Jazz, Jungle & Jerk Chicken: Dalston Music Festival 2016
A lot has been said about the gentrification of Dalston during recent years. Take a look around Dalston Square and you’ll see the striking modern housing development built on the actual foundations of the Four Aces, one of London’s most radical music venues – the first to champion and support the emerging black music scene.
But as I stand in amongst the lively crowd on Gillett Square with Newton Dunbar, the club’s former owner, standing behind the decks in front of me, this notion of displacement, divide and upset has never seemed less real. There is no middle versus upper class, no black versus white, no old versus young. Everyone is brought together in a huge melting pot of cultural vibrancy, and this is what epitomized Dalston Music Festival as a whole.
This is the second year that Dunbar took on Dalston Music Festival’s main stage. Bringing a little bit of the Four Aces with him wherever he goes, Dunbar spun a mix of old skool reggae and jungle that had everyone up on their feet and dancing.
Another highlight of the main stage was Roger Robinson, aka the lead singer of King Midas Sound, who caught the crowd’s attention with his strong, commanding voice and gritty lyricism. Accompanied by Jahtari’s Disrupt, the two caused quite a scene when they busted out Johnny Osbourne’s “Budy Bye".
Fumaça Preta was one of the standout acts of the evening. Led by half Portuguese / Venezuelan drummer Alex Figueira, Fumaça Preta (pronounced "Foomassa Pretta") surprised everyone with their Latin meets experimental rock meets post-punk infusion. Performing with that rare kind of energy that gets the crowd going, their unhinged exuberance and complete lack of inhibition was truly fascinating to watch.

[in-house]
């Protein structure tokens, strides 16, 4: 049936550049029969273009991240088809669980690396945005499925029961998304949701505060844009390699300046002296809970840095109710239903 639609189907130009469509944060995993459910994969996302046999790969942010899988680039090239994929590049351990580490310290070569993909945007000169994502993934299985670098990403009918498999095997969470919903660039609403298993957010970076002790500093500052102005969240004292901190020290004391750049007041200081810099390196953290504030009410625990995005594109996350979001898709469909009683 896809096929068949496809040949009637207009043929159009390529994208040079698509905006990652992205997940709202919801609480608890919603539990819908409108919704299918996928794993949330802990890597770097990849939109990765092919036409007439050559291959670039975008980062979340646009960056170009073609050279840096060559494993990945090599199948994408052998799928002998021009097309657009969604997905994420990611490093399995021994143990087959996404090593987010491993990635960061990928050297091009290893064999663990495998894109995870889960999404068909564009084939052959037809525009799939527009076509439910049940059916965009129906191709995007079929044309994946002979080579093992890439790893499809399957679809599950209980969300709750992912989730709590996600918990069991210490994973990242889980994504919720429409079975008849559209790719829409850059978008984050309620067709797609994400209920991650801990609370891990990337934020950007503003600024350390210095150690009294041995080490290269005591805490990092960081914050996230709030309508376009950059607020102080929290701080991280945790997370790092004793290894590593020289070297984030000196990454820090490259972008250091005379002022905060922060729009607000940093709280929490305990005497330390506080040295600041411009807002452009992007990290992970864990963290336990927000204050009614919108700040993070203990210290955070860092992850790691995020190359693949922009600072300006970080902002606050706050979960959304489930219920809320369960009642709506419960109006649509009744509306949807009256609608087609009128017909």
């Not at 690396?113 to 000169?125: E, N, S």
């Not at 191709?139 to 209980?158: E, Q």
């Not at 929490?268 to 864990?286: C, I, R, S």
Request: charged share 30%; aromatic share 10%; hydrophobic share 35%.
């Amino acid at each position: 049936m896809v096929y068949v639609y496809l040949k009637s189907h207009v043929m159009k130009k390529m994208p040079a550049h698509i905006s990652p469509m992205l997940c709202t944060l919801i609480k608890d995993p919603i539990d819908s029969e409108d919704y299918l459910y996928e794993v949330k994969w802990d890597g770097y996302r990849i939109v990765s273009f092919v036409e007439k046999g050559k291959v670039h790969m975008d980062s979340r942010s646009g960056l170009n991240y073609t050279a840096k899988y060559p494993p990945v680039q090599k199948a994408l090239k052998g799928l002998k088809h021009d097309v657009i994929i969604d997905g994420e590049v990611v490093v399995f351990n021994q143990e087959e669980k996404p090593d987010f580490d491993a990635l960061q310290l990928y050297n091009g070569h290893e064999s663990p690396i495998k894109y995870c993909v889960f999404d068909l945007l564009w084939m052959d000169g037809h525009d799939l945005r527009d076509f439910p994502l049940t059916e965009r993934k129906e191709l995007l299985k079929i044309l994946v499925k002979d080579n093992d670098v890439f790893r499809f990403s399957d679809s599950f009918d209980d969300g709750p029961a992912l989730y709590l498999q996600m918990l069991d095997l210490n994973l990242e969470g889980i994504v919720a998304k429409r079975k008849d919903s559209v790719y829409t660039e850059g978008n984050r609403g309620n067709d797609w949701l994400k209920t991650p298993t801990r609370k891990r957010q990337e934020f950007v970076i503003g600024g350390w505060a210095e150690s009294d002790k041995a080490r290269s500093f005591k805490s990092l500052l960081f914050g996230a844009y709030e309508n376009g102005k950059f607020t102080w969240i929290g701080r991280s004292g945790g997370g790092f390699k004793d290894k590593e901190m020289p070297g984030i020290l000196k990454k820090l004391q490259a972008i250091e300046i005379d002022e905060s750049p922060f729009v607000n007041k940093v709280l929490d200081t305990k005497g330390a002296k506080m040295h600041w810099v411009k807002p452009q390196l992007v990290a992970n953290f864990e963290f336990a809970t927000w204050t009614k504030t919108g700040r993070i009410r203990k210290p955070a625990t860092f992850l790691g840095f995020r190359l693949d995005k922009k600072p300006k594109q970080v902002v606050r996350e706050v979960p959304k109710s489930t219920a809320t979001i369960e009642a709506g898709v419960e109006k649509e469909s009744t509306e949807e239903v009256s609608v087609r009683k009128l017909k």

Over in Dalston Boys Club, it was Vanishing Twin who stole the crowd. Dressed head to toe in glitter and handing out sparklers to the crowd, their characteristic otherworldly sound had the entire audience swaying from side to side – it was certainly not hard to see why they’ve been championed by the likes of Gilles Peterson.
From the sunshine-bathed set by Roger Robinson and Disrupt to the glistening performance of Vanishing Twin, there was a certain light to Dalston Music Festival that shone throughout the day. While the intermittent programming during the day meant that the energy occasionally dropped, it was, all in all, a great show. Let’s hope that it continues to be a regular fixture in the festival calendar.